Later, I married and had children. Lo and behold. D, my first-born, from the age he could hold a crayon in his little fingers, loved to draw and colour. When he learned how to draw a car, he drew pages and pages and pages of cars of every size, shape and colour imaginable. When he learned to draw people (well, cartoon people), he doodled caricatures and cartoons everywhere. When he was given colouring books by well-meaning friends and family, he always came up with atypical colours (what, you've never seen a tree with purple leaves?), and more often than not, coloured and drew extra "stuff" outside the lines. Clearly, he was more artistic than I ever was. I let him and his imagination be.

When he got to elementary school, his teachers noticed his artistic abilities and his artwork was often posted on the walls and bulletin boards. In about grade 6 or 7, he was asked to paint a winter scene on the classroom window. No other instructions, just a winter scene. Because he was a huge hockey fan, he decided to paint a hockey scene. Hockey is a winter sport, right? Well, it turns out he painted a scene of a hockey fight – complete with a bloody-nosed, bruised and cut combatant. The picture was deemed inappropriate and his teacher and principal told him so. He was forced to wash off the offending painting and not allowed to do another.

D was mad. He couldn't understand why his teacher hadn't been more specific in his instructions and/or at least give him another chance. If he had wanted a picture of children frolicking in the snow, why didn't he just say so.

Now, D was and still remains a strong-willed and independent free spirit. He's not one to go down without a fight. In this case, he couldn't really do much about the windows. The teacher had made up his mind and that was that (although D confided in me that he was tempted to erase all the windows in the class when no one was around). I asked him if I could speak to the teacher about it. He flatly said, no because he'd already tried and it wouldn't help.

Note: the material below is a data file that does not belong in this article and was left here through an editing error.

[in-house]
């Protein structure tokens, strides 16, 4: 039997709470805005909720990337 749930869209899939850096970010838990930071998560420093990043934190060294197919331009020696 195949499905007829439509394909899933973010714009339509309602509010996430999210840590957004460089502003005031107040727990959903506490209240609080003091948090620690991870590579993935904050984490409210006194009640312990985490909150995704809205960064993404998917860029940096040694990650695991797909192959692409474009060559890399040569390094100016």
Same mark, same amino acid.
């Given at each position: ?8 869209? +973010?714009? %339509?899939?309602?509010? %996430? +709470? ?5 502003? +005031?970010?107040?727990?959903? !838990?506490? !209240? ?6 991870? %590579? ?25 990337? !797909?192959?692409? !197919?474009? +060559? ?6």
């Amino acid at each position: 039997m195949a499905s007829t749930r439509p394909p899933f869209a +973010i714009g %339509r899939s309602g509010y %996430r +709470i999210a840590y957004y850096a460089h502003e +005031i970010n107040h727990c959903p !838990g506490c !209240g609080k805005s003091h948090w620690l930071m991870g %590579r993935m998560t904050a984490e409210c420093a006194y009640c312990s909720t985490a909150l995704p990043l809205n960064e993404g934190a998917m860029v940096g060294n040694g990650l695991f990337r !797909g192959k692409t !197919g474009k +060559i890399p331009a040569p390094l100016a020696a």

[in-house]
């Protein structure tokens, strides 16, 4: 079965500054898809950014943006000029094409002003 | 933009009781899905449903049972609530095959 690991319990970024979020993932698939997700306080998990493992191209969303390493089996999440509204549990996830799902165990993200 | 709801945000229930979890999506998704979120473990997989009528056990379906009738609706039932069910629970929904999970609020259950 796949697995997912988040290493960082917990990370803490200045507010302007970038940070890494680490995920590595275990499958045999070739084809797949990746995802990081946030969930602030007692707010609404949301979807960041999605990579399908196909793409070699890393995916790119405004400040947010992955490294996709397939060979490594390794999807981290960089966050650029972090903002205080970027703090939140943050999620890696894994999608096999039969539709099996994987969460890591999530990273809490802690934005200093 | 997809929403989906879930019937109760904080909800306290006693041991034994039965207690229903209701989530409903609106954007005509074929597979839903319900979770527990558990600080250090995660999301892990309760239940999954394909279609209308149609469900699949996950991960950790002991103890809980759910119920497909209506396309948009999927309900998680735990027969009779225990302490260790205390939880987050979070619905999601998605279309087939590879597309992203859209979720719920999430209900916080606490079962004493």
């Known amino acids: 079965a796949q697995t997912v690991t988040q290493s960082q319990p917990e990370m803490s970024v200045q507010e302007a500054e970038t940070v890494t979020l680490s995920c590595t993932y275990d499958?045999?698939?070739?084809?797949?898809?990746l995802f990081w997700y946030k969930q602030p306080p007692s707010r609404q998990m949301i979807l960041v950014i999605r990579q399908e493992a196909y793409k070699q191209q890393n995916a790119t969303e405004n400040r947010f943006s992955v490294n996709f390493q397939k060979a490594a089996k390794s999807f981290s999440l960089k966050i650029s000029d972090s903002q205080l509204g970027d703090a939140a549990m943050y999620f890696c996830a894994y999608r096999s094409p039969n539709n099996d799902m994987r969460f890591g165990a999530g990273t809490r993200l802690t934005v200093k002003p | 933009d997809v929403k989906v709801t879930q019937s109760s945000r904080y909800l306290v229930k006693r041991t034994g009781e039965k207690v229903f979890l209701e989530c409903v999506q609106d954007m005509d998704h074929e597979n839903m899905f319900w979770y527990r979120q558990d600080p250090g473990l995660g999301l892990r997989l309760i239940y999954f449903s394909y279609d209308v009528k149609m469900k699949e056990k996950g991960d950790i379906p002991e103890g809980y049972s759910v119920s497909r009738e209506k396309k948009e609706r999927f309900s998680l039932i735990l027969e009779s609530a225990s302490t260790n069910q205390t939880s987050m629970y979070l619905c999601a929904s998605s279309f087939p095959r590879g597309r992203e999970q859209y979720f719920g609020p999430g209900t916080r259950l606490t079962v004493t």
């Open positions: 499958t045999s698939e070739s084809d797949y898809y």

Then, for the remainder of the year, he mounted his own silent protest. In some ways, I think it was a subconscious reaction. He doodled and sketched in the margins of all his school notebooks, assignments, and even test papers, if he had extra time. And guess what he drew? He sketched cartoons and caricatures of people fighting – the bloodier and gorier the better.

His teacher was not pleased. The teacher spoke to him about it. We spoke to him about it. He was given detentions. He didn't care. He thought he'd been treated unfairly, and felt this was his only way to express his displeasure.

Eventually, he got over it, but sometimes I blanch to think what some child psychologist might have thought about those bloody pictures.



1 comment:

Diana said...

I love this idea, and you've reminded me that I was doing something similar on my blog (but haven't for a long time!).

One thing I was trying to learn from: I read Rosenthal's book and wanted so much to like it but kept thinking throughout, "So what?" So, the challenge (for me) is to write what the l etters of the alphabet prompt me to without being self-indulgent and boring.

I hadn't seen Encyclopedia of Me blogs and will try to google some up.

Great idea!